Sunday, September 13, 2009

Celebrating God's Providential Hand at The Battle of Quebec on Its 250th Anniversary!

+ Map of the Battle of Quebec

Today is the 250th Anniversary of the Battle of Quebec! The Battle of Quebec was a relatively short, one-hour battle which sealed the fate of New France (now Canada). God’s Providential hand was clearly evident in this battle, especially in the perilous ascent of the British army up the cliffs to the Plains of Abraham. Historian William Potter chose this battle as one of his topics in “Providential Battles: Twenty Battles that Changed the World” (available at

The French cause in the New World was rapidly growing dim. Forts Duquesne, Ticonderoga (known to the French as Fort Carillon), Louisburg and other French possessions had fallen into British hands. Only Quebec and Montreal were left under command of the French. The British determined to take Quebec, and appointed Major General James Wolfe as commander of the expedition.

The British army encircled Quebec, but the French inhabitants could sustain a long siege- especially because French vessels were bringing them provisions. Wolfe attempted a landing on July 31, but the French, under the Marquis de Montcalm, beat them off. The British sustained around 500 casualties, while the French only lost about 60. Montcalm’s troops were jubilant at this victory. Some even thought that this would be the end of the British attempt to take Quebec. Montcalm, however, was more cautious. He kept his horse saddled and ready for battle, because he thought that the British would attack again. Events proved him right.

St Anse de Foulon, an opening at the cliffs, was the British landing target. It was defended by about 100 Canadian militiamen under the French veteran, Captain de Vergor. Some of Montcalm’s officers implored him to guard this critical point with more soldiers, but he merely replied that 100 soldiers would hold off an attack until morning.

On September 12, his sentries heard boats. Vergor, however, had been told that a supply convoy was expected that night. No one has yet explained why it was cancelled and why Captain Vergor was not warned. Another French officer usually patrolled the cliffs on horseback, but one of his horses was stolen and his two others were lame, so he decided (apparently) that he could take a break for one night. One regiment of French troops was also guarding the Plains of Abraham, but Governor Vaudreil had pulled them back to Quebec. Thus, when the British landed, they had no enemies on the plains except the 100 militia. Is it not odd that both the French officer and the French regiment were not able to patrol the Plains on the very night the British landed?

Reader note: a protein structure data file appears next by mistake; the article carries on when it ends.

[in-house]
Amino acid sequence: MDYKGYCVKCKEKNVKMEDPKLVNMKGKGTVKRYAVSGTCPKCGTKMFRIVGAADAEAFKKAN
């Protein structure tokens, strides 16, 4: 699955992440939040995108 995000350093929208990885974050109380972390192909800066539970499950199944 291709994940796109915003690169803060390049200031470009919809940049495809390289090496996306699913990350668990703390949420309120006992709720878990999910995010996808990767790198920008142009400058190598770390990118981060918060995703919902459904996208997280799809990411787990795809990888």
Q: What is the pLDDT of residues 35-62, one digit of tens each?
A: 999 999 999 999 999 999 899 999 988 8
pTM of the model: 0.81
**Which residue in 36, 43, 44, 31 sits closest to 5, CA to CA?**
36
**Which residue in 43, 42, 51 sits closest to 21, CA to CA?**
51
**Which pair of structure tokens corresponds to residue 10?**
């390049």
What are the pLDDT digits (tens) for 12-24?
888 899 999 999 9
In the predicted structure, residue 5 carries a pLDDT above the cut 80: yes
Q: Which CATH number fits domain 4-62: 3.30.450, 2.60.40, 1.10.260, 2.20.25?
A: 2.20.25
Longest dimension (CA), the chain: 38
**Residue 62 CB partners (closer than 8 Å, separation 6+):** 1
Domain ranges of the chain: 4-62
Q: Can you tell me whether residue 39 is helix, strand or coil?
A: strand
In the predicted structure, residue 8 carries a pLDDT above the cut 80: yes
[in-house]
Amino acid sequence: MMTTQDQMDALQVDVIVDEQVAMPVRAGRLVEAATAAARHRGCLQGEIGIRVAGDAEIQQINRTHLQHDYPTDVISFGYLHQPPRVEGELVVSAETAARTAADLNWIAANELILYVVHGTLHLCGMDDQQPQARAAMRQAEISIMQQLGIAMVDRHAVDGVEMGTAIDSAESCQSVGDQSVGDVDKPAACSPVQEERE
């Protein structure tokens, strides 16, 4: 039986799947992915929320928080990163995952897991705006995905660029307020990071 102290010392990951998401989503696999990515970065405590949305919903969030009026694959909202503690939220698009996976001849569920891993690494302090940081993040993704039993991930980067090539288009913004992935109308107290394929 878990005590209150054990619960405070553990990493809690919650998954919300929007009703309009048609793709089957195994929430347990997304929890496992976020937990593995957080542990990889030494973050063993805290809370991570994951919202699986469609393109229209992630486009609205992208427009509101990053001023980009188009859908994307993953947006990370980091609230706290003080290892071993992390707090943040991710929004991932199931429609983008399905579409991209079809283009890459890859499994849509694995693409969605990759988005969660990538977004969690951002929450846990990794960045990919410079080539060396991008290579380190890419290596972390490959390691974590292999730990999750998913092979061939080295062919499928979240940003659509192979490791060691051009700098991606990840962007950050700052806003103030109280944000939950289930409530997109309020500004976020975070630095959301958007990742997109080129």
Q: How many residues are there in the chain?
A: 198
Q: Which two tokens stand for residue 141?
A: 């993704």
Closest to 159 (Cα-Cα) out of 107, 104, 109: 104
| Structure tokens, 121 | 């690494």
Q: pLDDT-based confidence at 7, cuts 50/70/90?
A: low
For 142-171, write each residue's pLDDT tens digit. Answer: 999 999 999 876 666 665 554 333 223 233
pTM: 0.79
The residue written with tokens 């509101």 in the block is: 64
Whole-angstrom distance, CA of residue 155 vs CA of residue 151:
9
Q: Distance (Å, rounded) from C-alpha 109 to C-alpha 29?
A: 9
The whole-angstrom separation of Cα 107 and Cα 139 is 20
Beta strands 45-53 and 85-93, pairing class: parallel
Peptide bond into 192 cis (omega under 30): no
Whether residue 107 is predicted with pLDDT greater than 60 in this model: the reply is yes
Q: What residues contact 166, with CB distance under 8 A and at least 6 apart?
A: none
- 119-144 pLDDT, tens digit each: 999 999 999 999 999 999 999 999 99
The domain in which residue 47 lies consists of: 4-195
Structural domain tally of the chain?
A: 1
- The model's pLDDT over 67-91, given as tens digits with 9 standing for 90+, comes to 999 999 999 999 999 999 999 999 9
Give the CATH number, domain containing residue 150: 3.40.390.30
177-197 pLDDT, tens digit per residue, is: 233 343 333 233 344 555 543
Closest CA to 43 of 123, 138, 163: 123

A suspicious French sentry challenged the boats, but an unknown officer of the 78th Highlanders answered him in French, thus dismissing any suspicion. The British had, as a matter of fact, landed at the wrong place. Instead of the opening, the English landed at the base of the cliffs. Twenty-four men fought their way up the cliffs and onto the road, keeping a sharp lookout for any Frenchmen. There were none on the road, so the rest of the British army quickly surprised and captured Vergor and his militiamen. One of them escaped and ran for Quebec, to warn the Marquis de Montcalm. Montcalm’s aide-de-camp thought that the man had gone mad, dismissed him, and promptly went back to sleep. The British had staged a diversion at Beauport, which occupied Montcalm’s attention.

It was only on the morning of the 13th that General Montcalm learned the truth: the British had successfully landed and were now on the Plains of Abraham. He determined to attack the British, for, “If we give him [the enemy] time to establish himself, we shall never be able to attack him with the troops we have.” The French army sent to meet the British numbered about 5,000 men while the British had about 4,500 soldiers. Montcalm formed his lines up in proper European battle formation. (Consult the map as to how the armies were arranged.)